Todd and Julie Chrisley, the married couple who star in USA Network reality show “Chrisley Knows Best” along with their five children, were recently indicted on 12 counts of assorted tax and financial crimes, including tax evasion, wire fraud, bank fraud, and conspiracy. Also facing charges is the Chrisleys’ personal accountant, Peter Tarantino. With Tarantino’s assistance, the Chrisleys allegedly filed and paid federal income taxes late for four consecutive years, simultaneously working to conceal income while engaging in tax obstruction by impeding IRS functions. In addition, the Chrisleys allegedly lied to various banks, providing lenders with manipulated financial records. In so doing, they illegally obtained loans that, in aggregate, amounted to millions of dollars. With the outcome of the heavily-publicized case still anyone’s guess – the Chrisleys’ pretrial conference, at which judges and attorneys resolve any administrative issues that might need addressing ahead of trial, took place September 5 – the famous couple might be facing years of prison time.
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On August 13, 2019, Todd and Julie Chrisley were indicted on federal felony charges of tax evasion, wire fraud, bank fraud, and conspiracy, along with accountant Peter Tarantino, who was also charged with tax fraud. While these are the basic ingredients of many criminal tax cases, this particular case is unlike most others we cover, in one regard: instead of an outright failure to file taxes, or failure to pay taxes, it involves a string of delinquent filings and payments (specifically, for tax years 2013 through 2016). But is that really a crime? And if so, what is the likelihood of being prosecuted for delinquent tax returns?
Being somewhat behind on your taxes, or owing the IRS money, is not necessarily a crime. After all, millions of taxpayers obtain perfectly lawful filing extensions each year, while countless others are granted various forms of tax relief to help pay off IRS debts. However, it is a crime to deliberately avoid filing or paying your federal income taxes, which the IRS calls “acting willfully.” (This is also known as the mens rea, or “guilty mind,” component of tax crimes, discussed in detail here.) While prosecution is unlikely to result from late tax filings, it is certainly not a complete impossibility, as the Chrisleys’ case makes clear. The likelihood increases significantly if the IRS discovers additional badges of tax fraud, such as mismatched sets of books, unfiled income tax returns, underreported personal or business income, improperly claimed tax credits, or indicators that the taxpayer has engaged in illegal practices like “skimming” or “structuring.”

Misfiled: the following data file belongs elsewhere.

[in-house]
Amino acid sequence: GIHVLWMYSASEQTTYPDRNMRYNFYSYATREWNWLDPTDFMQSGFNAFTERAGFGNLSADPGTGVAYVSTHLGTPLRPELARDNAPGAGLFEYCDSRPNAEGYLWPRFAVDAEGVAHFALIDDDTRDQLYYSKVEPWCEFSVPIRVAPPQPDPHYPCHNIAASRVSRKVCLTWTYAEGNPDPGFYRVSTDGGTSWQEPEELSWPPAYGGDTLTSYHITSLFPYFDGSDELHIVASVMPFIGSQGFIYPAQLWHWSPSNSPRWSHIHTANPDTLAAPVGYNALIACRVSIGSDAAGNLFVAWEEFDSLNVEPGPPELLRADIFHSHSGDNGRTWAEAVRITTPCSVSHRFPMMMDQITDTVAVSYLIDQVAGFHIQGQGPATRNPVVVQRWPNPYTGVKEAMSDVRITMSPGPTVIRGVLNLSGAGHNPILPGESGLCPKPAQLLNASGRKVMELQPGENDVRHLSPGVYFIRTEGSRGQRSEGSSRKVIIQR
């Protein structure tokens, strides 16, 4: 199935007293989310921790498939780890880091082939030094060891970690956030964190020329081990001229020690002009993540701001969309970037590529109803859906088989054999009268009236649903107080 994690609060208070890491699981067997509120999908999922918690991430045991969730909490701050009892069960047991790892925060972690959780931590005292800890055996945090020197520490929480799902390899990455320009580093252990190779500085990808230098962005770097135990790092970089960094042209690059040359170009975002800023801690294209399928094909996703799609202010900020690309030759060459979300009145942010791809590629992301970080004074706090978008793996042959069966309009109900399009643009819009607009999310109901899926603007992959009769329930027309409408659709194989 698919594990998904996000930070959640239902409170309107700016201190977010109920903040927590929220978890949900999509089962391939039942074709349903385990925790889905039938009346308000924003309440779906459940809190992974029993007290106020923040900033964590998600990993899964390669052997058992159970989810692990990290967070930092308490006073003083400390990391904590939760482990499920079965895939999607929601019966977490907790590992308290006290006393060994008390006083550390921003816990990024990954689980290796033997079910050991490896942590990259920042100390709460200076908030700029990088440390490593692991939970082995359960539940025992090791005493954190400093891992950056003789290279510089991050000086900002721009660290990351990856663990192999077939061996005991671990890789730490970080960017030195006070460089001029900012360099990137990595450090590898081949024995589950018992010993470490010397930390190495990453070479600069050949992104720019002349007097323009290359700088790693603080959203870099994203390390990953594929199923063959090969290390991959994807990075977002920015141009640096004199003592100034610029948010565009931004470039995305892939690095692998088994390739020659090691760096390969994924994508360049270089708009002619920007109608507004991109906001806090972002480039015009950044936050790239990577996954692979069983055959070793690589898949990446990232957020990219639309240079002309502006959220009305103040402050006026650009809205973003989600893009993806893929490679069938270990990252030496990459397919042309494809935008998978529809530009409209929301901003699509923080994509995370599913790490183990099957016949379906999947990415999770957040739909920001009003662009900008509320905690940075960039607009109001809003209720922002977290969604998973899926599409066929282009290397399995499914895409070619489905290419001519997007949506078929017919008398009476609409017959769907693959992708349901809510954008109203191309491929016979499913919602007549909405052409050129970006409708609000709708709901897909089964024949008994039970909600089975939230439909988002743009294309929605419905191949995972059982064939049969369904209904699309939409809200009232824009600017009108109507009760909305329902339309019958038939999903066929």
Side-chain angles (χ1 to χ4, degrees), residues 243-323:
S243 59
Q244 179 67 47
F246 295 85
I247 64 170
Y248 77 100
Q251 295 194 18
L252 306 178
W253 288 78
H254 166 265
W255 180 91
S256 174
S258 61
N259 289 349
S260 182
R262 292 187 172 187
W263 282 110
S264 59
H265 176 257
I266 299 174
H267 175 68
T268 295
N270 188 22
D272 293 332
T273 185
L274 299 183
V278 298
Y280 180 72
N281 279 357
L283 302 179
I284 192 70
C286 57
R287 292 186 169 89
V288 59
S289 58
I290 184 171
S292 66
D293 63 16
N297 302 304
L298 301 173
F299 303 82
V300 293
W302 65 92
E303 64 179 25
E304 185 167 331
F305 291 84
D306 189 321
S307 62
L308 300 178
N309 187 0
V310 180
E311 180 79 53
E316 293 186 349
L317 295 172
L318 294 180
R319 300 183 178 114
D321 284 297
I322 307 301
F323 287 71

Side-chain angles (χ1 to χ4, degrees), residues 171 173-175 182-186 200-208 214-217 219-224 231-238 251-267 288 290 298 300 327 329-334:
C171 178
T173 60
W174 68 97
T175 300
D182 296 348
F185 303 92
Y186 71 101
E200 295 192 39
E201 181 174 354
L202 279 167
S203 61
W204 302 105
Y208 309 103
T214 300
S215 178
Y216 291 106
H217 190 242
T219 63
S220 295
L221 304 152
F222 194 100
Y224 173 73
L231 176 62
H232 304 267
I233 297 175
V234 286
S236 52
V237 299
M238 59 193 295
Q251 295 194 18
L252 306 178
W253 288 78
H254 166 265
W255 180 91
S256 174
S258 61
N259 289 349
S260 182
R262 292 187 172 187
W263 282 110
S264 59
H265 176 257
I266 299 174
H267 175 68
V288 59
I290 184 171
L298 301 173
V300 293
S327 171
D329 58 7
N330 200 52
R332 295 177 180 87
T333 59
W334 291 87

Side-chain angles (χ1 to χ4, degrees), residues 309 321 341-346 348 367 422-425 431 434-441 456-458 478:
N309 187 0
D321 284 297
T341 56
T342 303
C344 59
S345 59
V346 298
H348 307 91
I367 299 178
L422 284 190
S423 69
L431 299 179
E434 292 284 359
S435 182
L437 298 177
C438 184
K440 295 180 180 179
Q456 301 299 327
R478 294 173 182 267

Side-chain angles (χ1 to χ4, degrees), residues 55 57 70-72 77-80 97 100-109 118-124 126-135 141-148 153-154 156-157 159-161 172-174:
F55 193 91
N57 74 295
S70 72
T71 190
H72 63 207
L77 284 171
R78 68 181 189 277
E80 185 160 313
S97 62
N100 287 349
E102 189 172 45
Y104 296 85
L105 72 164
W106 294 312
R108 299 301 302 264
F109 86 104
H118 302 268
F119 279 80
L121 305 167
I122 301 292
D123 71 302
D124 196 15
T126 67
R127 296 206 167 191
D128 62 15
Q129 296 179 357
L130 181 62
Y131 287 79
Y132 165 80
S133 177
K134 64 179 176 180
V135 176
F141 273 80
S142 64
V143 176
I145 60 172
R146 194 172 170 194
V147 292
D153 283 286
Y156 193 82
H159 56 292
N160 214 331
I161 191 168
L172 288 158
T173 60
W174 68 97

U.S. Attorney Byung J. “BJay” Pak, who was quoted in the DOJ’s press release announcing the indictment, told the media, “Celebrities face the same justice that everyone does. These are serious federal charges and they will have their day in court.” (Proving Pak’s words true, our tax defense attorneys have covered numerous examples of celebrities charged with tax evasion and related offenses, including Grammy Award winner Lauryn Hill, rapper DMX, country legend Willie Nelson, and various star athletes, among them NBA and NFL Hall-of-Famers.)
“The Chrisleys will… have their day in court,” stated FBI Special Agent Chris Hacker, “but anyone else considering this type of alleged activity should take notice.”
This is not a hollow threat. One need only look at IRS criminal investigation statistics, which show that nearly 3,400 investigations have been initiated – so far – during the current fiscal year. To date, more than 2,700 of these investigations have culminated in recommendations for prosecution, and nearly all of them –2,672 in total – have resulted in criminal convictions, with an average of 41 months to serve in federal prison.
The numbers do not lie: the DOJ has a high success rate in prosecuting and convicting alleged tax offenders, who moreover, tend to receive harsh sentences. If you are being investigated by the IRS, have been contacted by investigators regarding another taxpayer, or are worried about a tax audit potentially leading to a criminal tax referral, you need to take every possible measure to protect yourself and mitigate the risks you are facing. Work with a trusted, award-winning team of California tax attorneys who possess decades of experience handling felony, misdemeanor, and civil tax cases involving individuals, businesses, and trusts. To set up a reduced-rate consultation, contact the Tax Law Office of David W. Klasing online, or call today at (800) 681-1295.
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